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Author Topic: Profound deafness and hearing aids - any good?  (Read 515 times)

Offline Mogwai

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Profound deafness and hearing aids - any good?
« on: Jul 16 2018, 05:32 PM »
Iím profoundly deaf in one ear following an atypical rapid progression of Menieres. Itís been over 10 years since I first had problems with vertigo. Luckily, it burnt out in the space of a few years. So while Iím left with tinnitus and no hearing on that ear, I have minimal problems with vertigo.

Iíve been told by a friend that hearing aids can help work tinnitus sometimes and Iím going to ask to be referred to an audiologist. Does anyone have any experience of a hearing aid helping with tinnitus when proudoundly deaf? I really struggle when thereís background noise and avoid a lot of social situations as a result. Would love that to be different!

Any advice appreciate! X

Offline milady

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Re: Profound deafness and hearing aids - any good?
« Reply #1 on: Jul 16 2018, 06:52 PM »
I have severe hearing loss in both ears which came on long before any hint that I may have MD (still no diagnosis, but that's another story). I also have tinnitus - mainly a constant hiss.

I'm assuming from what you say, that you still have one ear that is functioning reasonably well. Is that the side that also has the tinnitus?

My experience with hearing aids is that they certainly help in general, but they do not restore 'perfect' hearing. It takes time to get used to how loud everything seems and to learn to sift out the bits you really want from the over all noise of modern life. It's a good idea to get professional advice - do you go NHS or private, do you have age-related hearing loss or is it sensorineural hearing loss -as different hearing aids are suited to different problems. You may still find difficulty with background noise, such as restaurants, when you can hear the person across the room but not your companions. I just tell people I have a hearing problem and that they may have to repeat things, or may get odd replies because I have deciphered what was said wrongly. If you don't say anything, they won't make the effort either.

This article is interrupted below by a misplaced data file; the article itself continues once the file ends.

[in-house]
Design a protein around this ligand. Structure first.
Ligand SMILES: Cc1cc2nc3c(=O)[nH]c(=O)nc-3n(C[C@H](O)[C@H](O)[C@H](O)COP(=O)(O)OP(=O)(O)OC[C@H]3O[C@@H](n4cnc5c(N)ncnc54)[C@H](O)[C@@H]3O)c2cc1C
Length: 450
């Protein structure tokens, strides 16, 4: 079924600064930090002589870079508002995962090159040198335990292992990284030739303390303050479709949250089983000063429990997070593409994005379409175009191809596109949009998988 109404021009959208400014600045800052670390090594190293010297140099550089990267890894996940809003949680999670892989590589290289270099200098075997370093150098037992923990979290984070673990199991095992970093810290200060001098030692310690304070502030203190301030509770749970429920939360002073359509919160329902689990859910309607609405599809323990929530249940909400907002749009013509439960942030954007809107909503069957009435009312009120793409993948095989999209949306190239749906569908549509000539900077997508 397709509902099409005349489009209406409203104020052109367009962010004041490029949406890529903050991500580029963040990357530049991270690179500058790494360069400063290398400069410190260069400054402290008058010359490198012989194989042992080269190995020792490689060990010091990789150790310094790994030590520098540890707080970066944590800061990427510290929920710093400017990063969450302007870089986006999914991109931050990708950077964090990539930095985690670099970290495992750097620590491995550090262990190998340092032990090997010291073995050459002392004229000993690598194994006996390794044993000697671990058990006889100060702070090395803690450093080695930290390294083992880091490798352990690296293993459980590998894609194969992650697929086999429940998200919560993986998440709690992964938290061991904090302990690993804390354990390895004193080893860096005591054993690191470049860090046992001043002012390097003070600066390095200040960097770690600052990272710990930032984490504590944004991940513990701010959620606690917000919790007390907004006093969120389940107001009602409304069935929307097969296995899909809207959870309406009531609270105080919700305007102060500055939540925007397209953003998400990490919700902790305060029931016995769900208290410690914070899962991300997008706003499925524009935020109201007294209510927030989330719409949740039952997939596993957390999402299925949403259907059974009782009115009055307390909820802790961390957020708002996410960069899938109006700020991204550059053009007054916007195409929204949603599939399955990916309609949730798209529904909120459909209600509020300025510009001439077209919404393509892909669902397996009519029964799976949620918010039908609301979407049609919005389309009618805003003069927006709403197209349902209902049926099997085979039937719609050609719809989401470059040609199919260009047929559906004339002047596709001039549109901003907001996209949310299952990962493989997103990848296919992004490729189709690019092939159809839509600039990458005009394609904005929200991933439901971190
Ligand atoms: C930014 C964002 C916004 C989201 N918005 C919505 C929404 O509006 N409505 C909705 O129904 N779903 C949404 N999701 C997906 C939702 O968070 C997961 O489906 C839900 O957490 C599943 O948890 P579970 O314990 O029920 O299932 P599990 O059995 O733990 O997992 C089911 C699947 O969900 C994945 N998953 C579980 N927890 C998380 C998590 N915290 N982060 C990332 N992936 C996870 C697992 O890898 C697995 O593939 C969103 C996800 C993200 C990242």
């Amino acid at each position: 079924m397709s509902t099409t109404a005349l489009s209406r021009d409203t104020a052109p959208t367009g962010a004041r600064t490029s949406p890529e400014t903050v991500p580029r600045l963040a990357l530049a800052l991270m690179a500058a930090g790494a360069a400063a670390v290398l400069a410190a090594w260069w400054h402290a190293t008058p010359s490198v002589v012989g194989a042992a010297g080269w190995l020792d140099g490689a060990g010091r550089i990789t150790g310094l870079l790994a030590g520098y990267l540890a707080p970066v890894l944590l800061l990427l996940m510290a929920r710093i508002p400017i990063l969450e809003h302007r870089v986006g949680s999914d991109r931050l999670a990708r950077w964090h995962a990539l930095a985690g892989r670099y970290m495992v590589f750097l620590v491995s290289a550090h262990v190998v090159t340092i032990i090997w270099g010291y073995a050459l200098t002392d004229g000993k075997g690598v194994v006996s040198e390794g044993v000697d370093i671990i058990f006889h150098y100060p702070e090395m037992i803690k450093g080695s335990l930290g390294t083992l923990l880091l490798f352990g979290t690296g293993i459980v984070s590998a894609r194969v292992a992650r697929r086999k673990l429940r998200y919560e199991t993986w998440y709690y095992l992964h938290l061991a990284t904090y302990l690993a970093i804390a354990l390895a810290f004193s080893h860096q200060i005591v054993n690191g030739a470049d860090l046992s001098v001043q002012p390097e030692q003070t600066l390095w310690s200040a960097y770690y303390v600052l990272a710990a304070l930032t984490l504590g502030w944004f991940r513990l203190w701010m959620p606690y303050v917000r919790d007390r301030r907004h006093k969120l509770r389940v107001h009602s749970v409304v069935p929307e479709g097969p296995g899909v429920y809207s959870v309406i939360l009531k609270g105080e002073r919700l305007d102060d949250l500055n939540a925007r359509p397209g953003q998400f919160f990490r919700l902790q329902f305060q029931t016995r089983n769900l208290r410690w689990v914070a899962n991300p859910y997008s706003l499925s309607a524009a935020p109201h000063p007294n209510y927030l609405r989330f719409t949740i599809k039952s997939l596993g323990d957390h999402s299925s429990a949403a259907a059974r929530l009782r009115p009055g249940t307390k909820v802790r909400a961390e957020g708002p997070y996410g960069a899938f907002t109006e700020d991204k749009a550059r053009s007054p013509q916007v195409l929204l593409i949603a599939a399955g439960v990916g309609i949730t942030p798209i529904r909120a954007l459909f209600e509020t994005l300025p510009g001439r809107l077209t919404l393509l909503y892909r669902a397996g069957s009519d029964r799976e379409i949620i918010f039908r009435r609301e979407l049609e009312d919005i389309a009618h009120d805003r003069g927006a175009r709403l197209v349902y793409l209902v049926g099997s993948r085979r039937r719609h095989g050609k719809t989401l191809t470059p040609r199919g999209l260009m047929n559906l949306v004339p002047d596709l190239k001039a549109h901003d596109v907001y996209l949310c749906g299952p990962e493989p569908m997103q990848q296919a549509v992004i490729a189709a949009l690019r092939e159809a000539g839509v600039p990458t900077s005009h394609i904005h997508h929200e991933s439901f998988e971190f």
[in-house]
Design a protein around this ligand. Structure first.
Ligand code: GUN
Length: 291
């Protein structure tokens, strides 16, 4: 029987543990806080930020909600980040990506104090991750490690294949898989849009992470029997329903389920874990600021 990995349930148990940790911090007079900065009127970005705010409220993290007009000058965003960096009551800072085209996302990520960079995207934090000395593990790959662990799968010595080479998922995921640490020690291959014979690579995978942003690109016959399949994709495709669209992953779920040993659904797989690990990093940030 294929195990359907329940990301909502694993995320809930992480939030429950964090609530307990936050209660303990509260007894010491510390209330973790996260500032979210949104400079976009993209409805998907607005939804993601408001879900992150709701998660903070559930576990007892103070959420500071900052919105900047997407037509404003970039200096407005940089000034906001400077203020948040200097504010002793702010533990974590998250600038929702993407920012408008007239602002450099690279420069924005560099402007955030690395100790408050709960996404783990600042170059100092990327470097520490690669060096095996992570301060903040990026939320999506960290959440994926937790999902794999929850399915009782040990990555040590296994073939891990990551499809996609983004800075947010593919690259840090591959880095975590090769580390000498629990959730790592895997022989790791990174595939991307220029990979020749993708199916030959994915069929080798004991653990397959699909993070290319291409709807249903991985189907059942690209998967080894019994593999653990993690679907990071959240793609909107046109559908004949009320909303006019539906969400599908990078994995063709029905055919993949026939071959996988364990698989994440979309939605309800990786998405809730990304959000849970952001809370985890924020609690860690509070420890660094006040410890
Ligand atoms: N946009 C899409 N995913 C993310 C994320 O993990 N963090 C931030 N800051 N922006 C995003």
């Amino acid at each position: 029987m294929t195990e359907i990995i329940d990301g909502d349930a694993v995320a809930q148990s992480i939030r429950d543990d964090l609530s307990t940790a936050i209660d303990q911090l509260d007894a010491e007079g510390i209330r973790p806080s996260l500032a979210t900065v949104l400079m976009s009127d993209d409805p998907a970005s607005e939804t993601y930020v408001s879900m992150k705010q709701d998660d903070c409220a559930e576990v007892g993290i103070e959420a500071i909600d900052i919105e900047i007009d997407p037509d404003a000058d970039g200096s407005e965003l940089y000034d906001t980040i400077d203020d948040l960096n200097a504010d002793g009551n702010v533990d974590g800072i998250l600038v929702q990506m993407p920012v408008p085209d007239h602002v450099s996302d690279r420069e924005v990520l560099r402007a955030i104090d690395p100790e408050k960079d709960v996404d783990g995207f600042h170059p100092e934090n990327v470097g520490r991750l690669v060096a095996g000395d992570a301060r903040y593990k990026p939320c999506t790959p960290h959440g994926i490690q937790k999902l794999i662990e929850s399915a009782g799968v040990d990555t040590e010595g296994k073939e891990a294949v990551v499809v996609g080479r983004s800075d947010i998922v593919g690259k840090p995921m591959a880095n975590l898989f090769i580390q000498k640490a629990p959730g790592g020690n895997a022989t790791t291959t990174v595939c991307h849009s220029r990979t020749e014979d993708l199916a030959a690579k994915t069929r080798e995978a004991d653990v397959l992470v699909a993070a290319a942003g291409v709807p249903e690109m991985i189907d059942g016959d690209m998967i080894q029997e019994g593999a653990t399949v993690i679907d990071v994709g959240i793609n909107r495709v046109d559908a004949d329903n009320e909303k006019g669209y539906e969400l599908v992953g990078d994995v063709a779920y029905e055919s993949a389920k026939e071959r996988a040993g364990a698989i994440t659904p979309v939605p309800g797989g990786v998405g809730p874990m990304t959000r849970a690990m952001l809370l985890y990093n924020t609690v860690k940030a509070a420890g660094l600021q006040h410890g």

As to the tinnitus, I have learnt to ignore it most of the time. It's there, it won't go away, but it's not going to rule me. A lot depens on just how bad it is for you. Hearing aids may help, and there are devices which can play 'white noise' to mask the tinnitus if it stops you from sleeping.

Have a good look round at what is available, and take time to find what works for you.

Offline Gatzby

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Re: Profound deafness and hearing aids - any good?
« Reply #2 on: Jul 17 2018, 08:46 AM »
Iím profoundly deaf in one ear following an atypical rapid progression of Menieres. Itís been over 10 years since I first had problems with vertigo. Luckily, it burnt out in the space of a few years. So while Iím left with tinnitus and no hearing on that ear, I have minimal problems with vertigo.

Iíve been told by a friend that hearing aids can help work tinnitus sometimes and Iím going to ask to be referred to an audiologist. Does anyone have any experience of a hearing aid helping with tinnitus when proudoundly deaf? I really struggle when thereís background noise and avoid a lot of social situations as a result. Would love that to be different!

Any advice appreciate! X

I have similar problems as you have. I am quite deaf in my right ear and that is where my MD and tinnitus manifested itself. I haven't had a serious spin for over two years now but the tinnitus and deafness are both with me (probably for the rest of my days) However, two or three months ago I went to see the hearing people at our local hospital ( Leicester RI) on the advice of my specialist. I was fitted up with a hearing aid that transmits a white noise continually in the background, you can turn the noise off if required and still use it as a normal hearing aid. I have found this to be a great help with regards to my tinnitus during the hours when I am not asleep, I would thoroughly recommend giving this type of aid a go it has helped me a great deal.
I hope I have explained that ok for you and the best part is it's all on our wonderful NHS.
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